As the Jan. 6 committee’s work unfolded over the course of the year, investigators spoke to many witnesses who were represented by legal counsel. This wasn’t at all surprising.
What was surprising, however, was the entity paying those lawyers’ fees: More than a few Jan. 6 witnesses worked with attorneys whose bills were paid by Donald Trump’s Save America political action committee. The New York Times reported in June that the former president’s operation and its allies “have paid for or promised to finance the legal fees of more than a dozen witnesses called in the congressional investigation into the Jan. 6 attack, raising legal and ethical questions about whether the former president may be influencing testimony with a direct bearing on him.”
As we discussed soon after, the resulting dynamic was tough to defend: There were witnesses with potentially important information about Jan. 6; Trump likely preferred to keep that information under wraps; and those witnesses were represented by lawyers being paid by Trump’s political operation.
Rep. Zoe Lofgren, a Democratic member of the Jan. 6 committee, argued in June, “The potential for coercion in that case is pretty obvious.”
Six months later, as the investigation into the Republican’s Mar-a-Lago scandal advances, we’re confronting eerily similar circumstances. The Washington Post reported:
Former president Donald Trump’s political action committee is paying legal bills for some key witnesses involved in the Justice Department investigation into whether Trump mishandled classified documents, obstructed the investigation or destroyed government records, according to people familiar with the matter. The witnesses include Kash Patel, who has testified in front of the grand jury and is key to Trump’s defense, along with Walt Nauta, a potentially critical prosecution witness, according to these people, who like others interviewed spoke on the condition of anonymity to discuss an ongoing criminal probe.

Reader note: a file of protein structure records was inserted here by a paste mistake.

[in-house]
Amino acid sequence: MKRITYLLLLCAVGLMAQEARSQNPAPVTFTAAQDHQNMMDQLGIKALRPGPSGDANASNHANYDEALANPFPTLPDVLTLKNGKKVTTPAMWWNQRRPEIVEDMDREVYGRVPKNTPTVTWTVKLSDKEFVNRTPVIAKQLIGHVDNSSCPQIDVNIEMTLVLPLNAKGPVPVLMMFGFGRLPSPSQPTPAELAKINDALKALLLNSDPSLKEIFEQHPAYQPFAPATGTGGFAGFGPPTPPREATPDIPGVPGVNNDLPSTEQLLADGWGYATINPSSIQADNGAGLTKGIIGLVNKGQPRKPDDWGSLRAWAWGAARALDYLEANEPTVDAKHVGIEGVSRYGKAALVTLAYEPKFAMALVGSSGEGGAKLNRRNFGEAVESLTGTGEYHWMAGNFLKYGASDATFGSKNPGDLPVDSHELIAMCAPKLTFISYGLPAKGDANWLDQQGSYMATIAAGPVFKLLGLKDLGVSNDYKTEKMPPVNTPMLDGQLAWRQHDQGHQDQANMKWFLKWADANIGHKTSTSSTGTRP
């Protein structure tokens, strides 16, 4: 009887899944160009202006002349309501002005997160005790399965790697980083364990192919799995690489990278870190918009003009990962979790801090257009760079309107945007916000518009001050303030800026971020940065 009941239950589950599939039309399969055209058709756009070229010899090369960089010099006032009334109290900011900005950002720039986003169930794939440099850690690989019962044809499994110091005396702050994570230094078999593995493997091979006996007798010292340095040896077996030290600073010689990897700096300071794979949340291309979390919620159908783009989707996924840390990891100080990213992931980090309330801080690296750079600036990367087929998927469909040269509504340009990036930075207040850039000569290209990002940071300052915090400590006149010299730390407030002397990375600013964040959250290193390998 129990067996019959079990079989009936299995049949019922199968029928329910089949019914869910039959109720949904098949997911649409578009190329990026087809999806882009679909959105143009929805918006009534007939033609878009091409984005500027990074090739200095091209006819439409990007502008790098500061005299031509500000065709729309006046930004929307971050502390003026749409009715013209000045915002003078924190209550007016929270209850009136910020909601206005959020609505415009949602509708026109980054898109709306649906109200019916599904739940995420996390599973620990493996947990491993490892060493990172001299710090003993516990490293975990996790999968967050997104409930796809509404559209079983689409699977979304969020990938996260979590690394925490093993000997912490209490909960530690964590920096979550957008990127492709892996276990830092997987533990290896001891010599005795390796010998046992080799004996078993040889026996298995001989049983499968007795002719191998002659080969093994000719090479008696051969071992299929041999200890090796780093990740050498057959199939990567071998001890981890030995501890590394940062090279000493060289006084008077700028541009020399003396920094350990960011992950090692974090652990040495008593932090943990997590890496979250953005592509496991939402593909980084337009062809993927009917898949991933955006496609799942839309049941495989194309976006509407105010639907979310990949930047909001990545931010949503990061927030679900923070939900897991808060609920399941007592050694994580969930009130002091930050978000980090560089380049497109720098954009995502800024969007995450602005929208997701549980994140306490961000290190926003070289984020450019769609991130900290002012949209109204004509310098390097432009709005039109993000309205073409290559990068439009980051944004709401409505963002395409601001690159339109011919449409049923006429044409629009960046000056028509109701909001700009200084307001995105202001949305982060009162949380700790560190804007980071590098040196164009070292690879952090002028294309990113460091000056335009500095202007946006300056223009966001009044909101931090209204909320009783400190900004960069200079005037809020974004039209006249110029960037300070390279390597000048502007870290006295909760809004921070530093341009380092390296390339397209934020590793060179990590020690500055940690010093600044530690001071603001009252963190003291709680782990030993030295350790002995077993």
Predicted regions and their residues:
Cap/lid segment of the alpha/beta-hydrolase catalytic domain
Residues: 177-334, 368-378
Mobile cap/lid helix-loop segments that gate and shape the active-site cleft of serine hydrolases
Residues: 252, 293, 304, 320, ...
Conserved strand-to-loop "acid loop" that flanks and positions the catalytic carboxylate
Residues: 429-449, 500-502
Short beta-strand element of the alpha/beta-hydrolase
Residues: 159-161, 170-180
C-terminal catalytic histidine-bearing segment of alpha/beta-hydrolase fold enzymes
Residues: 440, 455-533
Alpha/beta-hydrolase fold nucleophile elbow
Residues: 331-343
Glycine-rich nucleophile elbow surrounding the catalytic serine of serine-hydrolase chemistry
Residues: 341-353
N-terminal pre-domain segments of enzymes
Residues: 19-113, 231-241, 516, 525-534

Nauta and Patel may not be household names, but in the context of the Mar-a-Lago scandal, few figures matter more.
As we discussed in October, Nauta is a longtime aide to Trump who was allegedly seen on security camera footage moving boxes out of a Mar-a-Lago storage room before and after the Justice Department issued a subpoena. By some accounts, federal law enforcement has reportedly interviewed Nauta “on several occasions” — and prosecutors have apparently expressed “skepticism“ about whether he was truthful in his initial account.
Patel, meanwhile, is a top aide to Trump whom the former president tapped to, among other things, coordinate with the National Archives on presidential records. When the Justice Department brought Patel before a grand jury to answer questions, he reportedly took the Fifth, invoking his right against self-incrimination.
In November, Patel and his lawyer reportedly negotiated an immunity deal as part of the investigation into the scandal.
The apparent fact that these witnesses’ legal fees are being covered by a Trump PAC, even as they testify about details in a Trump scandal, is bound to raise some eyebrows. Indeed, the Post spoke to Jim Walden, a former federal prosecutor, who agreed the payment arrangement raises concerns about influence.
“It looks like the Trump political action committee is either paying for the silence of these witnesses, for them to take the Fifth or for favorable testimony,” Walden said. “These circumstances should look very suspicious to the Justice Department, and there’s a judicial mechanism for them to get court oversight if there’s a conflict.”
A top lawyer at Brand Woodward Law, the firm that’s received more than $120,000 from the Save America PAC, denied anything untoward. That said, I don’t imagine we’ve heard the last of this one.